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From Juho Mäkinen <juho.maki...@gmail.com>
Subject Re: My cluster shows high system load without any apparent reason
Date Fri, 22 Jul 2016 20:44:06 GMT
>
> Are you using XFS or Ext4 for data?


We are using XFS. Many nodes have a couple large SSTables (in order of
20-50 GiB), but I havent cross checked if the load spikes happen only on
machines which have these tables.


> As an aside, for the amount of reads/writes you're doing, I've found
> using c3/m3 instances with the commit log on the ephemeral storage and
> data on st1 EBS volumes to be much more cost effective. It's something
> to look into if you haven't already.
>

Thanks for the idea! I previously used c4.4xlarge instances with two 1500
GB GP2 volumes, but I found out that we maxed out their bandwidth too
easily, so that's why my newest cluster is based on i2.4xlarge instances.

And to answer Ryan: No, we are not using counters.

I was thinking that could the big amount (100+ GiB) of mmap'ed files
somehow cause some inefficiencies on the kernel side. That's why I started
to learn on kernel huge pages and came up with the idea of disabling the
huge page defrag, but nothing what I've found indicates that this can be a
real problem. After all, Linux fs cache is a really old feature, so I
expect it to be pretty bug free.

I guess that I have to next learn how the load value itself is calculated.
I know about the basic idea that when load is below the number of CPUs then
the system should still be fine, but there's at least the iowait which is
also used to calculate the load. So because I am not seeing any extensive
iowait, and my userland CPU usage is well below what my 16 cores should
handle, then what else contributes to the system load? Can I somehow make
any educated guess what the high load might tell me if it's not iowait and
it's not purely userland process CPU usage? This is starting to get really
deep really fast :/

 - Garo



>
> -Mark
>
> On Fri, Jul 22, 2016 at 8:10 AM, Juho Mäkinen <juho.makinen@gmail.com>
> wrote:
> > After a few days I've also tried disabling Linux kernel huge pages
> > defragement (echo never > /sys/kernel/mm/transparent_hugepage/defrag) and
> > turning coalescing off (otc_coalescing_strategy: DISABLED), but either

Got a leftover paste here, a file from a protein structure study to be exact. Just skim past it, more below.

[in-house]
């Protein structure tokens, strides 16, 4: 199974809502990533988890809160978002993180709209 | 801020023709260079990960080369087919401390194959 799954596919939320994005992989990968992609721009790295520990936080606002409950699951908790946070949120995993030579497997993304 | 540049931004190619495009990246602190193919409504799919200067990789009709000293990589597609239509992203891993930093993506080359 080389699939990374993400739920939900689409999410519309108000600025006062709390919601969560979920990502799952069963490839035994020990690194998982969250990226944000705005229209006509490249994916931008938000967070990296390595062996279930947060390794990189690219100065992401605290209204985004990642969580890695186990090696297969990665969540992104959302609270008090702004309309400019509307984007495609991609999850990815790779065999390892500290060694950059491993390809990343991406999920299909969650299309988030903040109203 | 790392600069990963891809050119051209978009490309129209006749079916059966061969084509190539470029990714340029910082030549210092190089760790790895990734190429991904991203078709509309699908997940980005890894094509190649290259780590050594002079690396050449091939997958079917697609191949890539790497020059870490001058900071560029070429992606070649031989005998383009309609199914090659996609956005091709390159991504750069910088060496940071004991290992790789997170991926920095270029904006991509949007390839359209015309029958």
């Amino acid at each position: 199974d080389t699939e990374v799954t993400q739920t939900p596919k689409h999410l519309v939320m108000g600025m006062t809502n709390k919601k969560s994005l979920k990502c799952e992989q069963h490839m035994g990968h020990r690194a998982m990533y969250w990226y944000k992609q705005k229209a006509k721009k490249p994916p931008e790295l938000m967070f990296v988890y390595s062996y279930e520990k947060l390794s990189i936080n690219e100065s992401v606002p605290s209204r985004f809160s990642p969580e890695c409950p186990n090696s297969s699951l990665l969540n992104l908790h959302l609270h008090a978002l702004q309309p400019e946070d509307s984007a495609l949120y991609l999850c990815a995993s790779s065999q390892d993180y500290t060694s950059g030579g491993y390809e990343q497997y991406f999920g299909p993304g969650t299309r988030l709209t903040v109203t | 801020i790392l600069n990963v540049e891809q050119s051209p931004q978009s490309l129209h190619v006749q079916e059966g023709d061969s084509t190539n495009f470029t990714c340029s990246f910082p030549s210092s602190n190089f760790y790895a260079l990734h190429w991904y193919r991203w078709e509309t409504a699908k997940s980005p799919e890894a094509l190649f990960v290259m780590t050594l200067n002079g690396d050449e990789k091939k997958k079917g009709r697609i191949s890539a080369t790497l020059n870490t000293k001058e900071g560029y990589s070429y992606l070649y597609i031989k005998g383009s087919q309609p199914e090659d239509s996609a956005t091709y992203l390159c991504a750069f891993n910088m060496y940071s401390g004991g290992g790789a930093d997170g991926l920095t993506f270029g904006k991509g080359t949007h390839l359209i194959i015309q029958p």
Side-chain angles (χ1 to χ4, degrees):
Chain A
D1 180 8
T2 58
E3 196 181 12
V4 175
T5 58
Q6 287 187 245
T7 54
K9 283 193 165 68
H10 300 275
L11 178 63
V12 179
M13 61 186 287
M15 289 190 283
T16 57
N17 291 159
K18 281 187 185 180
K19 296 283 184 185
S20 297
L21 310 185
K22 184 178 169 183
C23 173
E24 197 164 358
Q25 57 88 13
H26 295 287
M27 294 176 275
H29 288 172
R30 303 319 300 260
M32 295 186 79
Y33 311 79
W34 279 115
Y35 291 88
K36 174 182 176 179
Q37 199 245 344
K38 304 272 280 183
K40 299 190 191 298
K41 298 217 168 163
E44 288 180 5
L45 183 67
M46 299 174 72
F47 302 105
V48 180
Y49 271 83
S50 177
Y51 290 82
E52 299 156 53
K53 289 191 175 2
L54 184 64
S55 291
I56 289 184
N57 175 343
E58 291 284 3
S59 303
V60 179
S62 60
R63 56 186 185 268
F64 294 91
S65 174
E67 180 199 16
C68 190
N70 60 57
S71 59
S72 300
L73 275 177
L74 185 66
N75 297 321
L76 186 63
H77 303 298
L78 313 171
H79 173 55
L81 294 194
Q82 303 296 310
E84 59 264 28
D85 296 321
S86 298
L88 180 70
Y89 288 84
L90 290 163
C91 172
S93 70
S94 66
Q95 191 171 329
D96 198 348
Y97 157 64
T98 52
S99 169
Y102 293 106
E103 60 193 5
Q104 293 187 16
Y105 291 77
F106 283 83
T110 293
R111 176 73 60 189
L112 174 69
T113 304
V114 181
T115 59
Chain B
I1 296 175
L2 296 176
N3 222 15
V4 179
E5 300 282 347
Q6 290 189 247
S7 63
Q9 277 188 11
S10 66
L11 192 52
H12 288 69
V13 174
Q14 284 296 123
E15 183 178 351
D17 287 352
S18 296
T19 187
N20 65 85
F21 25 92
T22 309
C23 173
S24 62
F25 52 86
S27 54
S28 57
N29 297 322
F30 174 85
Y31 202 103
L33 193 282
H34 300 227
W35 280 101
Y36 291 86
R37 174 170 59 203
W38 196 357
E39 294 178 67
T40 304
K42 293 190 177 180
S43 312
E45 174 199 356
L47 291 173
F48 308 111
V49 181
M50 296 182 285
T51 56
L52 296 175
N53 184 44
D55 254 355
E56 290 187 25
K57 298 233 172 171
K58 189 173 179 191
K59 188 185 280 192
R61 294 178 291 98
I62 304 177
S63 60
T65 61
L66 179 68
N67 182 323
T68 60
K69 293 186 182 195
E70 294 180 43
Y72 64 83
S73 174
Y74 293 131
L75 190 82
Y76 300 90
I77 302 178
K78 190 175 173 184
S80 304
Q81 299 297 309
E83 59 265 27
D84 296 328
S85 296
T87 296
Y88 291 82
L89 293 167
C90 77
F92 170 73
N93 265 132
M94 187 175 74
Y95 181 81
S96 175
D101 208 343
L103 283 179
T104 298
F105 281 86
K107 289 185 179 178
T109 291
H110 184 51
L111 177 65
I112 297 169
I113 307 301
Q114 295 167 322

> did
> > do any good. I'm using LCS, there are no big GC pauses, and I have set
> > "concurrent_compactors: 5" (machines have 16 CPUs), but there are usually
> > not any compactions running when the load spike comes. "nodetool tpstats"
> > shows no running thread pools except on the Native-Transport-Requests
> > (usually 0-4) and perhaps ReadStage (usually 0-1).
> >
> > The symptoms are the same: after about 12-24 hours increasingly number of
> > nodes start to show short CPU load spikes and this affects the median
> read
> > latencies. I ran a dstat when a load spike was already under way (see
> > screenshot http://i.imgur.com/B0S5Zki.png), but any other column than
> the
> > load itself doesn't show any major change except the system/kernel CPU
> > usage.
> >
> > All further ideas how to debug this are greatly appreciated.
> >
> >
> > On Wed, Jul 20, 2016 at 7:13 PM, Juho Mäkinen <juho.makinen@gmail.com>
> > wrote:
> >>
> >> I just recently upgraded our cluster to 2.2.7 and after turning the
> >> cluster under production load the instances started to show high load
> (as
> >> shown by uptime) without any apparent reason and I'm not quite sure what
> >> could be causing it.
> >>
> >> We are running on i2.4xlarge, so we have 16 cores, 120GB of ram, four
> >> 800GB SSDs (set as lvm stripe into one big lvol). Running
> 3.13.0-87-generic
> >> on HVM virtualisation. Cluster has 26 TiB of data stored in two tables.
> >>
> >> Symptoms:
> >>  - High load, sometimes up to 30 for a short duration of few minutes,
> then
> >> the load drops back to the cluster average: 3-4
> >>  - Instances might have one compaction running, but might not have any
> >> compactions.
> >>  - Each node is serving around 250-300 reads per second and around 200
> >> writes per second.
> >>  - Restarting node fixes the problem for around 18-24 hours.
> >>  - No or very little IO-wait.
> >>  - top shows that around 3-10 threads are running on high cpu, but that
> >> alone should not cause a load of 20-30.
> >>  - Doesn't seem to be GC load: A system starts to show symptoms so that
> it
> >> has ran only one CMS sweep. Not like it would do constant stop-the-world
> >> gc's.
> >>  - top shows that the C* processes use 100G of RSS memory. I assume that
> >> this is because cassandra opens all SSTables with mmap() so that they
> will
> >> pop up in the RSS count because of this.
> >>
> >> What I've done so far:
> >>  - Rolling restart. Helped for about one day.
> >>  - Tried doing manual GC to the cluster.
> >>  - Increased heap from 8 GiB with CMS to 16 GiB with G1GC.
> >>  - sjk-plus shows bunch of SharedPool workers. Not sure what to make of
> >> this.
> >>  - Browsed over
> >> https://tobert.github.io/pages/als-cassandra-21-tuning-guide.html but
> didn't
> >> find any apparent
> >>
> >> I know that the general symptom of "system shows high load" is not very
> >> good and informative, but I don't know how to better describe what's
> going
> >> on. I appreciate all ideas what to try and how to debug this further.
> >>
> >>  - Garo
> >>
> >
>

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